Documentation Guidelines -- Overview
Information from the Washington Association on Postsecondary Education and Disability Documentation Position Paper on Health and Physical Disabilities.
Students seeking services from Washington State University Pullman on the basis of any disability may be required to provide documentation from a qualified professional to support their request for accommodations. This documentation serves three purposes:
- To establish that the student can be considered a person with a disability, and therefore, eligible for protection against discrimination on the basis of disability.
- To supplement information from the student regarding the impact of the disability.
- To support and inform the development of reasonable accommodation (auxiliary aids and services) designed to facilitate equal access to University environments on a case-by-case basis.
Guidelines for Specific Disabilities (Links below)
- Physical, Chronic Health and Temporary Disabilities
- Sensory Disabilities (Hearing/Vision)
- Learning Disability
- Attention Deficit Disorder
- Psychological Disability
- Test Anxiety
- Housing/ESA Documentation
What if my existing documentation does not meet the above guidelines?
Students are encouraged to submit what documentation they have for review to the WSU Pullman Access Center, including IEP or 504 Plans. Students will also need to complete an application [MyAccess application] for services and may upload their documentation directly to this application. Provisional accommodations may be established while additional documentation is being obtained. If additional documentation is needed, the Advisor can work with the student and diagnostician to clarify what information is needed. If the student does not currently have a health care provider that can provide or update documentation, the Advisor can help the student identify local providers who may be of assistance.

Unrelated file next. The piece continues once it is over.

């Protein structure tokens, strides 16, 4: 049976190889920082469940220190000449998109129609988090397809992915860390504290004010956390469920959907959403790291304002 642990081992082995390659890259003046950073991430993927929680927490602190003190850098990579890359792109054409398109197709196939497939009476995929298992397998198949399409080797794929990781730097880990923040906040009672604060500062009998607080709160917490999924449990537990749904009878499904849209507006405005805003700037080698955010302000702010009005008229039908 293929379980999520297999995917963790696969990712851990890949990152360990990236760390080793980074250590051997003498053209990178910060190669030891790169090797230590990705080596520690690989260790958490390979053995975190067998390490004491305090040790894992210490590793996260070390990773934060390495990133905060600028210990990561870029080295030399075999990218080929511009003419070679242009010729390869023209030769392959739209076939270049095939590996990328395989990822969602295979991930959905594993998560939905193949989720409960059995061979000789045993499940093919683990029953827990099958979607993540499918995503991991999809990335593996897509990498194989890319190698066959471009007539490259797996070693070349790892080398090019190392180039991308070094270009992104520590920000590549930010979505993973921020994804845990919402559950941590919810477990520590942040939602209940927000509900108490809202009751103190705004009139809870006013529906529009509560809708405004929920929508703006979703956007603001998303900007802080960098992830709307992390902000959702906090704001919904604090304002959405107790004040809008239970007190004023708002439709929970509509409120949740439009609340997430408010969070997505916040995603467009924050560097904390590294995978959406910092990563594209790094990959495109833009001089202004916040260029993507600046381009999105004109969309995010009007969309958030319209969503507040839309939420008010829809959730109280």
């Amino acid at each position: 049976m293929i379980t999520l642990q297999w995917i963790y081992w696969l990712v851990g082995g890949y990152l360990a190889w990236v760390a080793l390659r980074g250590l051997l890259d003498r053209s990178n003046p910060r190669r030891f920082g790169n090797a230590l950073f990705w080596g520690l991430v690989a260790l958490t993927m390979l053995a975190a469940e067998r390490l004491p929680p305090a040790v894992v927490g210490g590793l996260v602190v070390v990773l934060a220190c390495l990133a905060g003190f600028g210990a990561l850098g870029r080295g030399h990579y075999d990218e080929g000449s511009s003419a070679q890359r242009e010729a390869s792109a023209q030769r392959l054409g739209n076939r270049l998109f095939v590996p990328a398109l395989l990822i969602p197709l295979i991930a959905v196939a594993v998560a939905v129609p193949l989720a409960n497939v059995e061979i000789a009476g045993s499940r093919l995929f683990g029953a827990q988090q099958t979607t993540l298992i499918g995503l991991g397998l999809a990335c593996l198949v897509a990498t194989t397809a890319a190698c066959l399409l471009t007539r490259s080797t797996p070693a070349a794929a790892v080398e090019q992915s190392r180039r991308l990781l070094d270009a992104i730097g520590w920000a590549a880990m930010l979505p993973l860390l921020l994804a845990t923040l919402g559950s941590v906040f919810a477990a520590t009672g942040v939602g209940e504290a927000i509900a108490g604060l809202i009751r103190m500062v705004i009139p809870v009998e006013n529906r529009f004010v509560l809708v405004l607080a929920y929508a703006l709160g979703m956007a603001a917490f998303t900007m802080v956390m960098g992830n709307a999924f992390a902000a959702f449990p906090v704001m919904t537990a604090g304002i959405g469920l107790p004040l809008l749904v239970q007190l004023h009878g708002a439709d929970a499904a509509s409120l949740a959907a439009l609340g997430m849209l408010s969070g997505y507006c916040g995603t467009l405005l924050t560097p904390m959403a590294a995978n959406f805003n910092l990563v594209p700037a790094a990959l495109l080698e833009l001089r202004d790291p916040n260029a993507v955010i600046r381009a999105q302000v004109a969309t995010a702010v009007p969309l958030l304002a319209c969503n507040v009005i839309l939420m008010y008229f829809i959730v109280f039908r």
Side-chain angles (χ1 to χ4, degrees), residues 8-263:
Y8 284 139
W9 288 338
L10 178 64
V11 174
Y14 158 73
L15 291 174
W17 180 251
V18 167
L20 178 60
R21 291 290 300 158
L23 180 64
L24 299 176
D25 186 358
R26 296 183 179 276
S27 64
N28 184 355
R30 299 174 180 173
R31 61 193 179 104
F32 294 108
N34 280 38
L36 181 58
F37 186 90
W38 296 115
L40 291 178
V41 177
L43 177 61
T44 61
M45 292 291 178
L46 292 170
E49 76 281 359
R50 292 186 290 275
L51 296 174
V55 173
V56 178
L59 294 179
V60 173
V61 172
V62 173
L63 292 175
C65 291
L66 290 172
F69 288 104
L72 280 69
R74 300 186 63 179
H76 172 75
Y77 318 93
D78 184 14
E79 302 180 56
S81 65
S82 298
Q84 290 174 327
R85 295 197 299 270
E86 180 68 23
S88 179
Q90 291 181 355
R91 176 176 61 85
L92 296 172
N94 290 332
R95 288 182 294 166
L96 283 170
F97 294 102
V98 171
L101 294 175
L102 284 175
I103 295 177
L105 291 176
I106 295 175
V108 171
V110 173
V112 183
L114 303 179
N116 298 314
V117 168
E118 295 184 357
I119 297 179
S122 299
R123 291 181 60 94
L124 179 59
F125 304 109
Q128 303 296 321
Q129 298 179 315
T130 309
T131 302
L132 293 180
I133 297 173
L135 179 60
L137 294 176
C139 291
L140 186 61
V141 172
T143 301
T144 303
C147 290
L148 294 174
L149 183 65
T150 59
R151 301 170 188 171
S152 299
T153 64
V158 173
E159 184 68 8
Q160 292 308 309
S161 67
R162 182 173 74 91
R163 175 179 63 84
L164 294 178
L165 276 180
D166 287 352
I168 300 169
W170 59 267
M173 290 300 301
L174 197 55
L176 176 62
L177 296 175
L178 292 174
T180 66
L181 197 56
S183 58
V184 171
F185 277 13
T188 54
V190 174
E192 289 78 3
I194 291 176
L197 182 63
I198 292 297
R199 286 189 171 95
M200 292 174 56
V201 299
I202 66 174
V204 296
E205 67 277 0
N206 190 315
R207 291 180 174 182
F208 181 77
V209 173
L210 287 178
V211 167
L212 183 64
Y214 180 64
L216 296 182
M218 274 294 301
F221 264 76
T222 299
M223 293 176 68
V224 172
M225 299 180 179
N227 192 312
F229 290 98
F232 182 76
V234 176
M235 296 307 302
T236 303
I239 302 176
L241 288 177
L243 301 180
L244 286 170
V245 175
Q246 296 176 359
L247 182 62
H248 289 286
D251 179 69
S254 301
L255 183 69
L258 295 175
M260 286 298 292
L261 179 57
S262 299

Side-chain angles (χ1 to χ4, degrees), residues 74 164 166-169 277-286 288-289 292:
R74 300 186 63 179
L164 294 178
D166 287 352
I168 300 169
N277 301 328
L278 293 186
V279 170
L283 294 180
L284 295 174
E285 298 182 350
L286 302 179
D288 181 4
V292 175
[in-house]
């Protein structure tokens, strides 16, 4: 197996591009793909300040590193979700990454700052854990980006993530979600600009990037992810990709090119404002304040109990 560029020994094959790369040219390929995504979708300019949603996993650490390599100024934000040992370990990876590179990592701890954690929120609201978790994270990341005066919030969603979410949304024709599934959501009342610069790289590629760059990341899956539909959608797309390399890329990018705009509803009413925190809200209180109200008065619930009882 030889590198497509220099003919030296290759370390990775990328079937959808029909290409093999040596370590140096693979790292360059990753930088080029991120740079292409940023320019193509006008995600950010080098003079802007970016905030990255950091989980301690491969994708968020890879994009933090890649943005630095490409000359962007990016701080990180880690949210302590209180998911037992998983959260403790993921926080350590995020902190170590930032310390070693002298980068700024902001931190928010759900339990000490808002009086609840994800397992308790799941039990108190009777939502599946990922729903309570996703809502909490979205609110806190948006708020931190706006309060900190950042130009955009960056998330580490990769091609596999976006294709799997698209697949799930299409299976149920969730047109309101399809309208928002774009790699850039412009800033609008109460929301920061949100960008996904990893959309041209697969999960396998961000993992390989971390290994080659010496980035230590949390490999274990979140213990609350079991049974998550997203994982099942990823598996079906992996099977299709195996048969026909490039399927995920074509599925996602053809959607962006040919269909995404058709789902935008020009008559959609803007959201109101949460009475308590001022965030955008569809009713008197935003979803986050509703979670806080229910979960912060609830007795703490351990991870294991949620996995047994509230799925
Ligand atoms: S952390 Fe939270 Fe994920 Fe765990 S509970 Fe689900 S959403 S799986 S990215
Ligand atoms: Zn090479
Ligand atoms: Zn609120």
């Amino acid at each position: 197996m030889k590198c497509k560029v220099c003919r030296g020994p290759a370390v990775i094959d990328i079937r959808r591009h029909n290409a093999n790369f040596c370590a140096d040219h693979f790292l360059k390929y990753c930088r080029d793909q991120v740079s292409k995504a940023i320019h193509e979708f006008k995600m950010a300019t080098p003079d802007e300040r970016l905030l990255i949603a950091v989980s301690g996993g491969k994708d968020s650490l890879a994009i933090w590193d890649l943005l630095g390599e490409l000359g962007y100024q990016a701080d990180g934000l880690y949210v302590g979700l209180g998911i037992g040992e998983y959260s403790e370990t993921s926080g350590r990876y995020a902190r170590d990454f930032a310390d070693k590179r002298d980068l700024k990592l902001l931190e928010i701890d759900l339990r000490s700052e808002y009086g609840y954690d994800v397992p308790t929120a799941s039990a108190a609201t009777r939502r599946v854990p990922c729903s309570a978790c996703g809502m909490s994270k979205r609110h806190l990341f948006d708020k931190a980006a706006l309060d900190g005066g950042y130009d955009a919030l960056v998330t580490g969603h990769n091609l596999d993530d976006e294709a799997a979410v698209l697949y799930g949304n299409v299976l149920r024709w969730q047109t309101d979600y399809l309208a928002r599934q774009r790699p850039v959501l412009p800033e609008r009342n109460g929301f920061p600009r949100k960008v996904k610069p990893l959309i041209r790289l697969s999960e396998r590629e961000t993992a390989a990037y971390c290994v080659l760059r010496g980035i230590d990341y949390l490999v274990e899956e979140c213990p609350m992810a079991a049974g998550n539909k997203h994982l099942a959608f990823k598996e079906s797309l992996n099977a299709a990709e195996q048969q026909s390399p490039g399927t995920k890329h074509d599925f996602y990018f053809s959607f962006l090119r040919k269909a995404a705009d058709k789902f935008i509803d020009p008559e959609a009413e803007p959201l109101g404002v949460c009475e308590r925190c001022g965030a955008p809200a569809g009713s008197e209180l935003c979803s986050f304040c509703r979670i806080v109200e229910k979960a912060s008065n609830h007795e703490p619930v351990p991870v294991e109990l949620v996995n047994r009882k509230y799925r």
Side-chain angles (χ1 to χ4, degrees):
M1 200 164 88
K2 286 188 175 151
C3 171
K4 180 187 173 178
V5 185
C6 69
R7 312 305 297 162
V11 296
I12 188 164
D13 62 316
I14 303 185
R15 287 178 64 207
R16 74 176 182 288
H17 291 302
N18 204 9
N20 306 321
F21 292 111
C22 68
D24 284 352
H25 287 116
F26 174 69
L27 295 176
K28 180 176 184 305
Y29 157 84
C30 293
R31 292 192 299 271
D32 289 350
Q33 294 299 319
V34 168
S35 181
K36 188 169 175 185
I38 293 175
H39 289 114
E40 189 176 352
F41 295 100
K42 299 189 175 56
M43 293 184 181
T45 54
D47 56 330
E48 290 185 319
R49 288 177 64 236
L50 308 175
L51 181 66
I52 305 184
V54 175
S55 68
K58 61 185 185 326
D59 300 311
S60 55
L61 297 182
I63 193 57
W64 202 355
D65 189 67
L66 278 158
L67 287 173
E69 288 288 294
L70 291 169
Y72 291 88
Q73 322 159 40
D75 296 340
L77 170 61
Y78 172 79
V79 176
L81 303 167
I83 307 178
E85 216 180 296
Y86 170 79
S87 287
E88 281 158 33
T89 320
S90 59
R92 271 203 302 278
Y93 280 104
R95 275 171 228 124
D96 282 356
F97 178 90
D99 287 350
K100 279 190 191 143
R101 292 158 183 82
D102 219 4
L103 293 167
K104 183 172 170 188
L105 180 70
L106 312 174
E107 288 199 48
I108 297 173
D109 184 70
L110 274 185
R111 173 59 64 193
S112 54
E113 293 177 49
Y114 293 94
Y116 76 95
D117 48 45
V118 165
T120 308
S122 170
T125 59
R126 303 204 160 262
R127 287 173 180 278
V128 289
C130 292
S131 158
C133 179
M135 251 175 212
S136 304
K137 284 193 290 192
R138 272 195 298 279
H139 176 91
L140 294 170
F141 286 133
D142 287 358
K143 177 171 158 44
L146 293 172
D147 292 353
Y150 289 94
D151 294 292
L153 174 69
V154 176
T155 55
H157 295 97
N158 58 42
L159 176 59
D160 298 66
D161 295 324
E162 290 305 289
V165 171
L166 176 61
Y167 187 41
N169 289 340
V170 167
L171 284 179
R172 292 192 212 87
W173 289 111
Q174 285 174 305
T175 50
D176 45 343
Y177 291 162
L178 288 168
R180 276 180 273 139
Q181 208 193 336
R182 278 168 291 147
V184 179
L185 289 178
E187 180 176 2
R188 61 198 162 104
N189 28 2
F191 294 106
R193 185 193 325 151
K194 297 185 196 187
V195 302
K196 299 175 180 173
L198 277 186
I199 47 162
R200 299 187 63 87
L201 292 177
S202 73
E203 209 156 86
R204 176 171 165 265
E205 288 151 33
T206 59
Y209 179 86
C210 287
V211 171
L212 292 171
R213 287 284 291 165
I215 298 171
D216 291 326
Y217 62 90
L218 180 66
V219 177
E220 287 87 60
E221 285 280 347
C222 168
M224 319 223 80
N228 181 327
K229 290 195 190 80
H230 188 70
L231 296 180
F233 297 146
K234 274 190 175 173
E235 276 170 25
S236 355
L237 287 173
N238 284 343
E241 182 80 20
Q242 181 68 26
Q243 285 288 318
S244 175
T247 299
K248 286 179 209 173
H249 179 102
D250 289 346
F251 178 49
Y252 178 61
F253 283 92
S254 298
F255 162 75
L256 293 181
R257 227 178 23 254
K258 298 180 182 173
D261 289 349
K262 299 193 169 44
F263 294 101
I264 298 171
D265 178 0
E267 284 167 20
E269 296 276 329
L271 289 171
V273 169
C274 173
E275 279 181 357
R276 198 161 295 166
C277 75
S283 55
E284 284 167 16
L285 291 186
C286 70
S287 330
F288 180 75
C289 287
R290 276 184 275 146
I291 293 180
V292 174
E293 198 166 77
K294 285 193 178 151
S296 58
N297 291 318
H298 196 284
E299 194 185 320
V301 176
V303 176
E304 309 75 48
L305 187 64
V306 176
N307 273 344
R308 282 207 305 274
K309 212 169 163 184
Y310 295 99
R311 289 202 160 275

What if I do not have any documentation for my disability and/or health condition?
Students who do not have documentation are encouraged to schedule a meeting with an Access Advisor to learn more about relevant assessments and where to obtain them. Advisors are glad to offer advice on what assessments may be helpful.
What is the privacy requirement for health information provided to the Access Center?
All information and documentation submitted to the Access Center is kept separate from an academic record and is considered private under the Family Education Rights and Privacy Act (FERPA). Under FERPA, disability and medical information is confidential and is not shared except where disclosure is required by law or is necessary to facilitate legitimate University processes, including granting appropriate accommodations, addressing direct threats, or investigating claims or charges. HIPAA privacy and confidentiality guides do not apply to documents submitted to the Access Center as they are not being used for treatment.